Another element of prevention during an epidemic, which we hear about frequently, is the acquisition of a sufficient number of immunized people in a population to stop the spread of the virus within it and thus also protect those who have not yet been contaminated. For this new virus, this rate can currently only be estimated on the basis of previous epidemics by other viruses more or less similar to it. Whatever it is, it does not seem to have been reached so far in most of the world’s populations, given the current pandemic. This group immunity can only be acquired by a sufficient number of individuals immunized after contamination by the virus circulating between members of this group. This underscores the importance of the personal immunity of each member of this group and the desirability of having the best possible personal immunity. The strategy of limiting the spread of a virus can only delay the acquisition of herd immunity rather than stop the epidemic. Rather, it is in the interest of staggering the evolution of the epidemic so that the available care capacities are not exceeded in the event of a spike, which is understandable.
This is not the first time in the history of human-to-human transmission epidemics that we have been confronted with such a situation, and we are even currently facing it for infectious agents other than COVID 19. As a reminder, let us mention three cases due to different kinds of infectious agents:
That of chicken pox, due to a virus, which was rampant in the form of epidemics with seasonal reinforcements. It was highly contagious in the child population, almost exclusively in mild or relatively benign forms. Serious, potentially fatal forms were only seen in immunocompromised children (e.g. leukemia). The preventive strategy then consisted, as soon as a chicken pox epidemic began, in protecting these few unfortunate children by putting them in a green environment without contact with other children, grandparents for example, with distance education. It was not a question of slowing down the spread of the virus, but on the contrary of encouraging it in the entourage of the child concerned, as for example among his brothers and sisters, so that they would constitute an effective barrier for his return. The “shield” children thus felt valued by their role after being explained the reasons for the removal of the sick child.
Another disease is whooping cough, which is caused by a bacterium. Not so harmless in children, it remains very dangerous in newborns. The current strategy is therefore to establish a health barrier around him, by checking the immunity status of all the people who will have to take care of him during his first months of life.
Third case, that of toxoplasmosis, which is a parasitosis. Infection during childhood most often goes unnoticed, whereas during pregnancy it frequently leads to serious malformations and even death of the foetus. Here again, the strategy consists in favoring the acquisition of immunity by the absence of measures preventing spontaneous contamination by the toxoplasmas at a period of life when it is of no consequence: childhood (except in case of immune deficiency, of course), or even in favoring it by contact with one of the animals transmitting the parasite and that children love to pet: the cat.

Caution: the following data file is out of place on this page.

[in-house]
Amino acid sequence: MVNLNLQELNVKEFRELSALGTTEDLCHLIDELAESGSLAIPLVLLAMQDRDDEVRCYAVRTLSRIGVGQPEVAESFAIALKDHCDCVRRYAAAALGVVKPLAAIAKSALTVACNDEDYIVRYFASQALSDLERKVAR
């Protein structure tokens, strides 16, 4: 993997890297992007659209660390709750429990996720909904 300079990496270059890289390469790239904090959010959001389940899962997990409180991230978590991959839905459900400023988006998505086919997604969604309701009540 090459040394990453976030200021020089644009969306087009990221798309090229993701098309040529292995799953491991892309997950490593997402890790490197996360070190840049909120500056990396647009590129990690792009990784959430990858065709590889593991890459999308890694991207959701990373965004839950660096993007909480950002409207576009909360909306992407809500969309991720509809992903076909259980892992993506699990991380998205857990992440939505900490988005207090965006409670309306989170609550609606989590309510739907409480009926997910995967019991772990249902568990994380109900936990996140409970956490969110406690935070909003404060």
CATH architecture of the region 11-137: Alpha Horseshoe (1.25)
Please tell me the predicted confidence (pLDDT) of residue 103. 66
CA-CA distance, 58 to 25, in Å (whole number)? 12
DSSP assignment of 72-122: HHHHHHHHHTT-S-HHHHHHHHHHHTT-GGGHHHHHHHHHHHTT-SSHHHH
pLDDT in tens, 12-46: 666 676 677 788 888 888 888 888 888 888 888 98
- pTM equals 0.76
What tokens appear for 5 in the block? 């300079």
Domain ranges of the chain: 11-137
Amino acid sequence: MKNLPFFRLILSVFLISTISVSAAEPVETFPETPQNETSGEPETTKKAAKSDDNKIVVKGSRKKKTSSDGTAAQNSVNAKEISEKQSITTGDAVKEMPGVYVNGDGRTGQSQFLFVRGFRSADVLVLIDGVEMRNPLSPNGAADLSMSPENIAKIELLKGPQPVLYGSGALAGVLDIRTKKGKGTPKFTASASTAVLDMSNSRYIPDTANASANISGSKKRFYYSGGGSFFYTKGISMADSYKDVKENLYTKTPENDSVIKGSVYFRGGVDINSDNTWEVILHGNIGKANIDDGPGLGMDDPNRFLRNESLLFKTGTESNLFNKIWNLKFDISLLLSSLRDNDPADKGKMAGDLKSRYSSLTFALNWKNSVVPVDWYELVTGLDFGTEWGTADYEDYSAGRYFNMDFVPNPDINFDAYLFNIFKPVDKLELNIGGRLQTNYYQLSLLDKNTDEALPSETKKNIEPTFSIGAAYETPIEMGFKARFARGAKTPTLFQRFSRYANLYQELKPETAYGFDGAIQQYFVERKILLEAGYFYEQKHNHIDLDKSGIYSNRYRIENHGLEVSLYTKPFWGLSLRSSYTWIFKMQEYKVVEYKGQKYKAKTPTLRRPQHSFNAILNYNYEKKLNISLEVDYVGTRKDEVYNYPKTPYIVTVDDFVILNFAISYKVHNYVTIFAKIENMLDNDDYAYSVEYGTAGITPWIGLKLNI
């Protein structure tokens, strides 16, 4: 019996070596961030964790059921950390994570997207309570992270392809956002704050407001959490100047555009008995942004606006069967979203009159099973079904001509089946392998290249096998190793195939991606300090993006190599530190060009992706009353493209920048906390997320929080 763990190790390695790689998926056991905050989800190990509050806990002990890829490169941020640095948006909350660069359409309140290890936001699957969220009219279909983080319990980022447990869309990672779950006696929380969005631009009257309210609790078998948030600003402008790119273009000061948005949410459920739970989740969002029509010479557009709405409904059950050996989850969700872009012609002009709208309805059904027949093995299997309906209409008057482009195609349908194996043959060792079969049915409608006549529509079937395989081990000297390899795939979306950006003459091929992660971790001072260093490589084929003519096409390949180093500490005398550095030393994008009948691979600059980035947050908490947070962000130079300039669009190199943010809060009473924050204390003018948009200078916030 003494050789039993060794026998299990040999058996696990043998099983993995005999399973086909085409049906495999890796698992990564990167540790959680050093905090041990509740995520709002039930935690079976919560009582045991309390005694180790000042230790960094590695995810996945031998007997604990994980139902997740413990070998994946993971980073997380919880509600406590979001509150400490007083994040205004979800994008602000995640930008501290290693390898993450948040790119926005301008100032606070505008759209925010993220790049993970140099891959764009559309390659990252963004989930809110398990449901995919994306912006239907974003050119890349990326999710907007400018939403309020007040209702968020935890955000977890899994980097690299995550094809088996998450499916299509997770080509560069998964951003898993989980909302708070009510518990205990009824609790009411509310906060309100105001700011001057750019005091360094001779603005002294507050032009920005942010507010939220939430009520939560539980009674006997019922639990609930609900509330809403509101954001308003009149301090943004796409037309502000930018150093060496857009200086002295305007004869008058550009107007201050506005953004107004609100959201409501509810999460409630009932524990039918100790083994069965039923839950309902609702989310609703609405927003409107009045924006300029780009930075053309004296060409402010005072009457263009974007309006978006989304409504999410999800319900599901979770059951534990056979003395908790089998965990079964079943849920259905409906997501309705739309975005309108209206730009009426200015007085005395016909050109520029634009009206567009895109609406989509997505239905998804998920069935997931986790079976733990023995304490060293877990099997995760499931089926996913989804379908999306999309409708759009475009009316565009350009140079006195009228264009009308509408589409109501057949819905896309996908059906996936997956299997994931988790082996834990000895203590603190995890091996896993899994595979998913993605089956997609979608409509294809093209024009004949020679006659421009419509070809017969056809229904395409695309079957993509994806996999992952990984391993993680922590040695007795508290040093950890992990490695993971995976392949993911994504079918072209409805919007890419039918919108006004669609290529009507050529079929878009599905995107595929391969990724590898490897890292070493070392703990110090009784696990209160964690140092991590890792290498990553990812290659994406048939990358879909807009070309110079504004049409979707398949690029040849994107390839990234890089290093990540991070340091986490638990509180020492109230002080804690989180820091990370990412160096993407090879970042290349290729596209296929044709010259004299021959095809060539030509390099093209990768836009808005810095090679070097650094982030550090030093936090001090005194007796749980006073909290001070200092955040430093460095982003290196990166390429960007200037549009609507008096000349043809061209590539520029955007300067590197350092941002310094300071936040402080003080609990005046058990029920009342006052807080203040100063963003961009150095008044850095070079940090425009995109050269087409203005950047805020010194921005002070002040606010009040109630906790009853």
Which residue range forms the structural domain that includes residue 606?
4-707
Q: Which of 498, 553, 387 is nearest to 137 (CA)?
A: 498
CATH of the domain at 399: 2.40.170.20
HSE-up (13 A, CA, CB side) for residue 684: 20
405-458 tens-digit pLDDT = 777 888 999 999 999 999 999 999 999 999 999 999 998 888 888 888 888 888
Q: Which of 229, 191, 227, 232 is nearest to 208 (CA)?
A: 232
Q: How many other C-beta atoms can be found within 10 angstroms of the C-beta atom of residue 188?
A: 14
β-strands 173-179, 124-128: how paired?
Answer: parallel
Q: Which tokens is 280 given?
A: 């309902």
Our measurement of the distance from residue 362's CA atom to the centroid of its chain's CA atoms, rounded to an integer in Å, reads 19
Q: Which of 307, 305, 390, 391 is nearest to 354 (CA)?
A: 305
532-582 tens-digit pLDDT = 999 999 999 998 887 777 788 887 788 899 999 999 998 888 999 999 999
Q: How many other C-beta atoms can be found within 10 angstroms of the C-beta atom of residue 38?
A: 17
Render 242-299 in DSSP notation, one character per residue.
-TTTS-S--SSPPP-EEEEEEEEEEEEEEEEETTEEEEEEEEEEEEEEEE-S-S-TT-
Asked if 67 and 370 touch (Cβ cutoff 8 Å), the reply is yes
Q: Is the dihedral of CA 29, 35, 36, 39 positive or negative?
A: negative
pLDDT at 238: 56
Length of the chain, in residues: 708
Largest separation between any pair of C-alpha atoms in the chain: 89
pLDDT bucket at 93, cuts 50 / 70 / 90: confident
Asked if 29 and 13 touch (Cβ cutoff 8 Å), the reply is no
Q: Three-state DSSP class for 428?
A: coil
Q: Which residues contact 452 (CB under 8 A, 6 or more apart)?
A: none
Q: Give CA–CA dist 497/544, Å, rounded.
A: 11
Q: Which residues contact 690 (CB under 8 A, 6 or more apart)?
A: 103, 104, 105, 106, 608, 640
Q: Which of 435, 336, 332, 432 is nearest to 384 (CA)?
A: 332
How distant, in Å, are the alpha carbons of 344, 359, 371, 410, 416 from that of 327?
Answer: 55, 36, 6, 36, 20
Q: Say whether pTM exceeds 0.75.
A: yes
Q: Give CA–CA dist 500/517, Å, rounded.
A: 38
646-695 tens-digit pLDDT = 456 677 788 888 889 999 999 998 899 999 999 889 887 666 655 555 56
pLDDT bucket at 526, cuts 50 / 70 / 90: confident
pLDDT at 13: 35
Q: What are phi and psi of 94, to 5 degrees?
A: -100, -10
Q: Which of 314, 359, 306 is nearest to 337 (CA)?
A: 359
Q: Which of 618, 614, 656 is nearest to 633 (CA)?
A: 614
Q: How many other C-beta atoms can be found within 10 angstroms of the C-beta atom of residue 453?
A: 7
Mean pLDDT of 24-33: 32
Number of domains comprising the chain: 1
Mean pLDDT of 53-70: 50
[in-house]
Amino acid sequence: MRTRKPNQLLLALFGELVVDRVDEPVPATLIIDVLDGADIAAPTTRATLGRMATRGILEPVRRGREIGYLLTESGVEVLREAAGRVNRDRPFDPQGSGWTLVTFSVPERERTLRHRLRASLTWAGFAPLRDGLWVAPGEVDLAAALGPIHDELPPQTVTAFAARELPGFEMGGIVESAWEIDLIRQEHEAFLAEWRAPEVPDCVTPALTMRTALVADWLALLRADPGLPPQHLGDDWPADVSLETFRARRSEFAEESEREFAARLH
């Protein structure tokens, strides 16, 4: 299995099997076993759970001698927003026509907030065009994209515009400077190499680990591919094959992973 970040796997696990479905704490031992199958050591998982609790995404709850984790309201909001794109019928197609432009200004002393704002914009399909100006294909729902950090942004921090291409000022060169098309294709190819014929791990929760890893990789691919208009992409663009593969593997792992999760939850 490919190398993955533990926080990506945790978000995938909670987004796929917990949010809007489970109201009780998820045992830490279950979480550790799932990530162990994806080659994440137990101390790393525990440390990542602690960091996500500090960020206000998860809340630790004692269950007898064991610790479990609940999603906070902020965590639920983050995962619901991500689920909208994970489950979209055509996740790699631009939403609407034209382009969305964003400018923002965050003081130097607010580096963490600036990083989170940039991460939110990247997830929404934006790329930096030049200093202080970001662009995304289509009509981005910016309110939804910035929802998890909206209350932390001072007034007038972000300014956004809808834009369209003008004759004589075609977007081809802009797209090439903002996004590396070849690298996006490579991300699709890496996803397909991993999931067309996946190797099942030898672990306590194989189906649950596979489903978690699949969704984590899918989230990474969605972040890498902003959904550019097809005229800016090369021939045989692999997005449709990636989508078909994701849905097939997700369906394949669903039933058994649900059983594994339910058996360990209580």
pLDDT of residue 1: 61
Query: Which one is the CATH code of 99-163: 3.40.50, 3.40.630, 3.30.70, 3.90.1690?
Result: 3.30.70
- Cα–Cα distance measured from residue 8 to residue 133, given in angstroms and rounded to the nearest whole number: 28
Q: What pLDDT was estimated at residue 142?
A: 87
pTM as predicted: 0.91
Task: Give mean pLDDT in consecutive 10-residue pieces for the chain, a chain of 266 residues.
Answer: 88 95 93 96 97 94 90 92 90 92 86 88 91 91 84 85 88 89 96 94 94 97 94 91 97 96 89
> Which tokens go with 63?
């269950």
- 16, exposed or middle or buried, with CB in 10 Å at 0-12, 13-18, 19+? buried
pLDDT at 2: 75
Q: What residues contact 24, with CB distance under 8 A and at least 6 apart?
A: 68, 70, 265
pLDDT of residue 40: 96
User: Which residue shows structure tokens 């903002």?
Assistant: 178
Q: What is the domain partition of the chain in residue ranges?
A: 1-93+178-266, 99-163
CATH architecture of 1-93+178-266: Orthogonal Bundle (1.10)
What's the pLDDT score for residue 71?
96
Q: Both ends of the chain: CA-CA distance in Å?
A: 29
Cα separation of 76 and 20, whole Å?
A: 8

In these three situations, the strategy adopted is that of individual protection of people likely to contract a serious form of the disease, while promoting the acquisition of a collective immune barrier capable of protecting them in replacement of this individual protection which can only be temporary for many reasons. The undesirable effects of such provisional measures must be minimized and, where possible, the views of those concerned should be sought (e.g. grandparents in institutions in relation to contact with their grandchildren in the current epidemic). It is from this perspective that the protection of teachers and other childcare professionals, who probably take fewer risks with the children they encounter during their work, could be considered than by running into someone on the sidewalk in the middle of a run without a mask.
To summarize these paragraphs, it is advisable to ask ourselves whether current health measures concerning children in schools and other settings do not fall more under the rubric of phobia than hygiene (and we are beginning to discover the role of microbe nosophobia in allergic diseases) as well as scientism rather than clinical medicine in its somatic and psychological components.
It is urgent to regain reason and to clearly formulate the questions posed by this epidemic if we want to be able to find adequate answers to the situation it imposes on us, without having to aggravate it by our actions, as is the case with any well-understood therapy.
Our clinical survey is very alarming, and points to a health policy that does not suffer from any dispute in its certainties, but which seems very disconnected from the real lived experience and the serious and serious psychological and physiological disorders that it generates on the population in general, and the children in particular.